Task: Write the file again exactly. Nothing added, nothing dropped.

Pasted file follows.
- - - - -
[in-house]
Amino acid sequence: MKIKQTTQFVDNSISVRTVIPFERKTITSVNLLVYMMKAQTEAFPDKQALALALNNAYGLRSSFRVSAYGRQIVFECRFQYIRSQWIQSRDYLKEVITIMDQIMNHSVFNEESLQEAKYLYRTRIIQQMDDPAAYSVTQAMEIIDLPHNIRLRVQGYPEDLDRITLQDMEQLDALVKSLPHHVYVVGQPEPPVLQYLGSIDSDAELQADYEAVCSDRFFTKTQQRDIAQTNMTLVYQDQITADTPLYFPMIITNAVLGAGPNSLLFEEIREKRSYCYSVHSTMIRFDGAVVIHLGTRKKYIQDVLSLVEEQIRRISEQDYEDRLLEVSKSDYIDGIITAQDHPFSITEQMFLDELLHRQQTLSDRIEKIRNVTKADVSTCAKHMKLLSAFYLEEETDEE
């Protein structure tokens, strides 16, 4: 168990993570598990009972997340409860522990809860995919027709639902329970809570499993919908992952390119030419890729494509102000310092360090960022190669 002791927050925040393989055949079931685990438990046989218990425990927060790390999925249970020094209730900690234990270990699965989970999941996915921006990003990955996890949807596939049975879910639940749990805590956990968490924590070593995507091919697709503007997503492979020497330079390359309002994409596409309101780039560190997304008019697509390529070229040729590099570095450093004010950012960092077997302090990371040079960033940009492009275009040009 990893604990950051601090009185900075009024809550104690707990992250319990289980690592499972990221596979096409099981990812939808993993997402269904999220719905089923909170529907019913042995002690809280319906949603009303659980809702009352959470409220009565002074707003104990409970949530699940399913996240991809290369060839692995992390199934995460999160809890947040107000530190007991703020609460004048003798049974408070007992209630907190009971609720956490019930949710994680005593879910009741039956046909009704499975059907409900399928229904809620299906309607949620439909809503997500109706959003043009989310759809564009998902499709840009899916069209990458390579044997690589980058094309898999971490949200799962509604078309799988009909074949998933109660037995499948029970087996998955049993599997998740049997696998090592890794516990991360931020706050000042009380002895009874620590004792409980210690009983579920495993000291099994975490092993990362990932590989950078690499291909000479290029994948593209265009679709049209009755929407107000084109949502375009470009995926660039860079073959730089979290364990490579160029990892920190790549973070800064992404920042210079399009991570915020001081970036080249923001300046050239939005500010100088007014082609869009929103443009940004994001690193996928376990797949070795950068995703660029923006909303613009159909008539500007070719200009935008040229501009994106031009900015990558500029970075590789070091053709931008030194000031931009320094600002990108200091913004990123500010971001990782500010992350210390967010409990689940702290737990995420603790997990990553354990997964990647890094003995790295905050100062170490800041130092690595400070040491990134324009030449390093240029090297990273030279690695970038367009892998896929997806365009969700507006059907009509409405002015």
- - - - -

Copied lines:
[in-house]
Amino acid sequence: MKIKQTTQFVDNSISVRTVIPFERKTITSVNLLVYMMKAQTEAFPDKQALALALNNAYGLRSSFRVSAYGRQIVFECRFQYIRSQWIQSRDYLKEVITIMDQIMNHSVFNEESLQEAKYLYRTRIIQQMDDPAAYSVTQAMEIIDLPHNIRLRVQGYPEDLDRITLQDMEQLDALVKSLPHHVYVVGQPEPPVLQYLGSIDSDAELQADYEAVCSDRFFTKTQQRDIAQTNMTLVYQDQITADTPLYFPMIITNAVLGAGPNSLLFEEIREKRSYCYSVHSTMIRFDGAVVIHLGTRKKYIQDVLSLVEEQIRRISEQDYEDRLLEVSKSDYIDGIITAQDHPFSITEQMFLDELLHRQQTLSDRIEKIRNVTKADVSTCAKHMKLLSAFYLEEETDEE
């Protein structure tokens, strides 16, 4: 168990993570598990009972997340409860522990809860995919027709639902329970809570499993919908992952390119030419890729494509102000310092360090960022190669 002791927050925040393989055949079931685990438990046989218990425990927060790390999925249970020094209730900690234990270990699965989970999941996915921006990003990955996890949807596939049975879910639940749990805590956990968490924590070593995507091919697709503007997503492979020497330079390359309002994409596409309101780039560190997304008019697509390529070229040729590099570095450093004010950012960092077997302090990371040079960033940009492009275009040009 990893604990950051601090009185900075009024809550104690707990992250319990289980690592499972990221596979096409099981990812939808993993997402269904999220719905089923909170529907019913042995002690809280319906949603009303659980809702009352959470409220009565002074707003104990409970949530699940399913996240991809290369060839692995992390199934995460999160809890947040107000530190007991703020609460004048003798049974408070007992209630907190009971609720956490019930949710994680005593879910009741039956046909009704499975059907409900399928229904809620299906309607949620439909809503997500109706959003043009989310759809564009998902499709840009899916069209990458390579044997690589980058094309898999971490949200799962509604078309799988009909074949998933109660037995499948029970087996998955049993599997998740049997696998090592890794516990991360931020706050000042009380002895009874620590004792409980210690009983579920495993000291099994975490092993990362990932590989950078690499291909000479290029994948593209265009679709049209009755929407107000084109949502375009470009995926660039860079073959730089979290364990490579160029990892920190790549973070800064992404920042210079399009991570915020001081970036080249923001300046050239939005500010100088007014082609869009929103443009940004994001690193996928376990797949070795950068995703660029923006909303613009159909008539500007070719200009935008040229501009994106031009900015990558500029970075590789070091053709931008030194000031931009320094600002990108200091913004990123500010971001990782500010992350210390967010409990689940702290737990995420603790997990990553354990997964990647890094003995790295905050100062170490800041130092690595400070040491990134324009030449390093240029090297990273030279690695970038367009892998896929997806365009969700507006059907009509409405002015």